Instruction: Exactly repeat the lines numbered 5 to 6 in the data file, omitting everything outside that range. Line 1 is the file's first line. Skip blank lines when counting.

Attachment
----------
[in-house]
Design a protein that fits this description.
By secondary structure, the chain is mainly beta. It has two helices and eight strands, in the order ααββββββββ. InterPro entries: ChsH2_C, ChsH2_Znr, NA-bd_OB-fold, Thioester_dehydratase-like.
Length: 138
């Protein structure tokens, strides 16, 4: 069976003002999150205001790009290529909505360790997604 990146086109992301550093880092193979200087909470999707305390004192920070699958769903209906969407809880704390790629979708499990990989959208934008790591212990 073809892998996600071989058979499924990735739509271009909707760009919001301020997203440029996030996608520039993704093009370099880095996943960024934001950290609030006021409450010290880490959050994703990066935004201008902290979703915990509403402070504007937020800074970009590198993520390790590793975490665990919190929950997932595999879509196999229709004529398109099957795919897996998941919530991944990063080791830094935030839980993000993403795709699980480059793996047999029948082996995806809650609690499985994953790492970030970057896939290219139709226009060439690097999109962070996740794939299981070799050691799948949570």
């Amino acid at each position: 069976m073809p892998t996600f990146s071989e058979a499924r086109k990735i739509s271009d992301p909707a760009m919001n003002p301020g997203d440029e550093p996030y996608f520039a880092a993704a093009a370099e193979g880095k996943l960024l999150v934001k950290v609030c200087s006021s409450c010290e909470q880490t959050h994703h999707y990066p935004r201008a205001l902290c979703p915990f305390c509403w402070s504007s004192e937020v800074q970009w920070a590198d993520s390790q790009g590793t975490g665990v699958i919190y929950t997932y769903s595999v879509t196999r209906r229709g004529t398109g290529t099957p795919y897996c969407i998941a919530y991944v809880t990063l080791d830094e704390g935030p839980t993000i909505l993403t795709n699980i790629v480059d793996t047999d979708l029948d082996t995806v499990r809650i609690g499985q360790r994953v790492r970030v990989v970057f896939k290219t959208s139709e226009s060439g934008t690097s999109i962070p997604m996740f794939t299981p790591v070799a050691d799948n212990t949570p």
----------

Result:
């Protein structure tokens, strides 16, 4: 069976003002999150205001790009290529909505360790997604 990146086109992301550093880092193979200087909470999707305390004192920070699958769903209906969407809880704390790629979708499990990989959208934008790591212990 073809892998996600071989058979499924990735739509271009909707760009919001301020997203440029996030996608520039993704093009370099880095996943960024934001950290609030006021409450010290880490959050994703990066935004201008902290979703915990509403402070504007937020800074970009590198993520390790590793975490665990919190929950997932595999879509196999229709004529398109099957795919897996998941919530991944990063080791830094935030839980993000993403795709699980480059793996047999029948082996995806809650609690499985994953790492970030970057896939290219139709226009060439690097999109962070996740794939299981070799050691799948949570």
């Amino acid at each position: 069976m073809p892998t996600f990146s071989e058979a499924r086109k990735i739509s271009d992301p909707a760009m919001n003002p301020g997203d440029e550093p996030y996608f520039a880092a993704a093009a370099e193979g880095k996943l960024l999150v934001k950290v609030c200087s006021s409450c010290e909470q880490t959050h994703h999707y990066p935004r201008a205001l902290c979703p915990f305390c509403w402070s504007s004192e937020v800074q970009w920070a590198d993520s390790q790009g590793t975490g665990v699958i919190y929950t997932y769903s595999v879509t196999r209906r229709g004529t398109g290529t099957p795919y897996c969407i998941a919530y991944v809880t990063l080791d830094e704390g935030p839980t993000i909505l993403t795709n699980i790629v480059d793996t047999d979708l029948d082996t995806v499990r809650i609690g499985q360790r994953v790492r970030v990989v970057f896939k290219t959208s139709e226009s060439g934008t690097s999109i962070p997604m996740f794939t299981p790591v070799a050691d799948n212990t949570p």